Growth plan affected by FEMA maps
Federal flood maps have affected Marshall County's proposed 20-year growth plan, a document with maps to show where towns may annex land, the county's building official says.
Marshall County commissioners rejected the proposed 20-year growth plan earlier this spring when the commission chairman explained that the proposal includes too much land available for annexation.
And while Chapel Hill leaders have said they don't intend to annex land without agreement from property owners, the leaders of Petersburg have met with the county building official who's explained that much of the territory they selected for an urban growth area doesn't make sense.
That's because a great deal of the area that would be defined as suitable for annexation, and presumably good for development with new homes, is in a federal flood plain, County Building Official Don Nelson said.
Petersburg Mayor John Cowden was very understanding of the situation, Nelson said.
The building official went to Petersburg, showed the town officials the proposed flood plain maps as prepared by the Federal Emergency Management Agency and together the town and county officials compared the maps on where land floods and the area that the town would be allowed to annex.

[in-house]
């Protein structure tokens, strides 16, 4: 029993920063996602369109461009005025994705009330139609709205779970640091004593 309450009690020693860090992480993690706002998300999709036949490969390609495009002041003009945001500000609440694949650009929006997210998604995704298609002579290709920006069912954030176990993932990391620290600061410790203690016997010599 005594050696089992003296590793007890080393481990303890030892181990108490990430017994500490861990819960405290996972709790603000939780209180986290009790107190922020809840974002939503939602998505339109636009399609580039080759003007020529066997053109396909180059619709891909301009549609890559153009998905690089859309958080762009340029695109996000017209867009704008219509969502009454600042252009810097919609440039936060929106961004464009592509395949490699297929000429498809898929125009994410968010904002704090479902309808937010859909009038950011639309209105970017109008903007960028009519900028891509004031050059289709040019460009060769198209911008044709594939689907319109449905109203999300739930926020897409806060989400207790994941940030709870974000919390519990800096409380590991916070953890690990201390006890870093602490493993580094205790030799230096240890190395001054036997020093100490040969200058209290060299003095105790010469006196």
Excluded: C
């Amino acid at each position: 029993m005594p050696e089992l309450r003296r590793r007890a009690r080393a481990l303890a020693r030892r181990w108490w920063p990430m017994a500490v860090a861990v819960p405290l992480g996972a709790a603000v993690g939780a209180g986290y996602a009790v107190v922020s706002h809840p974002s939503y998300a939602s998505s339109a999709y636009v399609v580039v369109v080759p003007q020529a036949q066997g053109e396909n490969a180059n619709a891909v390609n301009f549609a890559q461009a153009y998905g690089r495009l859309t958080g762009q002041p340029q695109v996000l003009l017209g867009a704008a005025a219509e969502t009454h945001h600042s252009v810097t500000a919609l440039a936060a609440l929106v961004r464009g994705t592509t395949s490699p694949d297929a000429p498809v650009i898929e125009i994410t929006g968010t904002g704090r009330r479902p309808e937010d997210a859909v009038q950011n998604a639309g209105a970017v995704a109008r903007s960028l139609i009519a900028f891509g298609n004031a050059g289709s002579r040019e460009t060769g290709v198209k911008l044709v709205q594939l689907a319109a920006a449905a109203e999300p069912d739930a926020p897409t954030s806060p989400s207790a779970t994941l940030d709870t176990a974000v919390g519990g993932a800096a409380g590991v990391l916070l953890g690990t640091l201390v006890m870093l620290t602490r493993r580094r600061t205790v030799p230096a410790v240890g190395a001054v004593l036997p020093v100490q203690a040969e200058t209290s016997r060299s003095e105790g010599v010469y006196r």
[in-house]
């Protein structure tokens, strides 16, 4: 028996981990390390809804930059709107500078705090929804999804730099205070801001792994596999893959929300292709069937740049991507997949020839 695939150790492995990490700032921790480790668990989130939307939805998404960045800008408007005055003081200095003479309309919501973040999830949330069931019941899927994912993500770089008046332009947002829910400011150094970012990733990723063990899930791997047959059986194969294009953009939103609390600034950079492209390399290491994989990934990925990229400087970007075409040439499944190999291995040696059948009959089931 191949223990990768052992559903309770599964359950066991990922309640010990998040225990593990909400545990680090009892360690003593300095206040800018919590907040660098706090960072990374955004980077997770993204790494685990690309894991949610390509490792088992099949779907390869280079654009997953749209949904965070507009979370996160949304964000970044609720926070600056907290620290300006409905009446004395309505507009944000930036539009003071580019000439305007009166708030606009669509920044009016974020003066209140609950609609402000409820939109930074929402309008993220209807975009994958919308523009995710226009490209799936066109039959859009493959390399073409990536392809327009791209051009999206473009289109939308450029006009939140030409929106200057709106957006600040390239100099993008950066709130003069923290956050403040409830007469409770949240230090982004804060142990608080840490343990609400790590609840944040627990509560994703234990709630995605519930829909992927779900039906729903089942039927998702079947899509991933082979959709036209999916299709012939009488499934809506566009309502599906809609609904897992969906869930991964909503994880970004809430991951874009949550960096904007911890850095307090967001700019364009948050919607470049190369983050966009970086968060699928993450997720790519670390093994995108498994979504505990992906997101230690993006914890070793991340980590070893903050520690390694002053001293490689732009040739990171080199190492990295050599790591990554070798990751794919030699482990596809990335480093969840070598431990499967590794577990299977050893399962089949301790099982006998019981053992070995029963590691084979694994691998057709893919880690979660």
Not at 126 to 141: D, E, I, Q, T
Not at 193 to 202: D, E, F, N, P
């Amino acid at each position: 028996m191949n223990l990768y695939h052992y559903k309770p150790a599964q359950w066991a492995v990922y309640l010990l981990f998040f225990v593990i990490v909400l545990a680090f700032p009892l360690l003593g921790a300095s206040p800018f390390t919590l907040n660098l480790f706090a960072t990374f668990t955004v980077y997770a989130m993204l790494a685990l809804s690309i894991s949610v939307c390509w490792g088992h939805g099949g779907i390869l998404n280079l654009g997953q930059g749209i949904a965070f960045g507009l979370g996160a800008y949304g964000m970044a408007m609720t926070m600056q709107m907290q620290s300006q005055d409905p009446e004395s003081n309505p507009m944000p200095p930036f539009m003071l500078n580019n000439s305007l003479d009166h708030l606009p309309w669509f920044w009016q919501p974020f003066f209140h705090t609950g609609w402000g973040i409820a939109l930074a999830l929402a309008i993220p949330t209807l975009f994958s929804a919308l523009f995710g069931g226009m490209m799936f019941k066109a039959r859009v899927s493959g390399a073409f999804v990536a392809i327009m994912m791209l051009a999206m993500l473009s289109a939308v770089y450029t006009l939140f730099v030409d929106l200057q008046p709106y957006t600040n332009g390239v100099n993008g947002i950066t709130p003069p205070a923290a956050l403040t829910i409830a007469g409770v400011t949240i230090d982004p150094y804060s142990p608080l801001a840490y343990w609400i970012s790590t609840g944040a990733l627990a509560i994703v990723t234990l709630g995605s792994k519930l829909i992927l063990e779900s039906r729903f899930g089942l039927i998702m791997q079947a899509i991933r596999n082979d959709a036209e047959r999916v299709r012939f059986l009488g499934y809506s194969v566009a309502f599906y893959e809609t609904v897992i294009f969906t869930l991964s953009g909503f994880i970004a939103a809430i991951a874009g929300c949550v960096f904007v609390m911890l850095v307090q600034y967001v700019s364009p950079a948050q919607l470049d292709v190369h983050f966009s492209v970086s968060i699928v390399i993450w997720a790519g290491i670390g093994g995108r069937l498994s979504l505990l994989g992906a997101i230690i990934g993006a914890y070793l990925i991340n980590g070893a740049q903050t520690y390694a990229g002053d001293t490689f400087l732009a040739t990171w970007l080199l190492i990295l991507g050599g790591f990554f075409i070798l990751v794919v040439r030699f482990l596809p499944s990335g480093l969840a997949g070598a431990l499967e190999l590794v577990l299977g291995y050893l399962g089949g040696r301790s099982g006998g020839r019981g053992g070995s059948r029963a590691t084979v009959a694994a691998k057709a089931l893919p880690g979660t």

"If you're a businessman coming to this area……," Nelson asked, "which side of U.S. 431 would you build?"
Since some of the area that could be in the town's urban growth area is going to be declared prone to flooding, Petersburg officials have been, "to their credit," reviewing their part of the county's proposed 20-year plan, Nelson said.
Nelson hopes to have a more complete report for county commissioners by mid June, he said.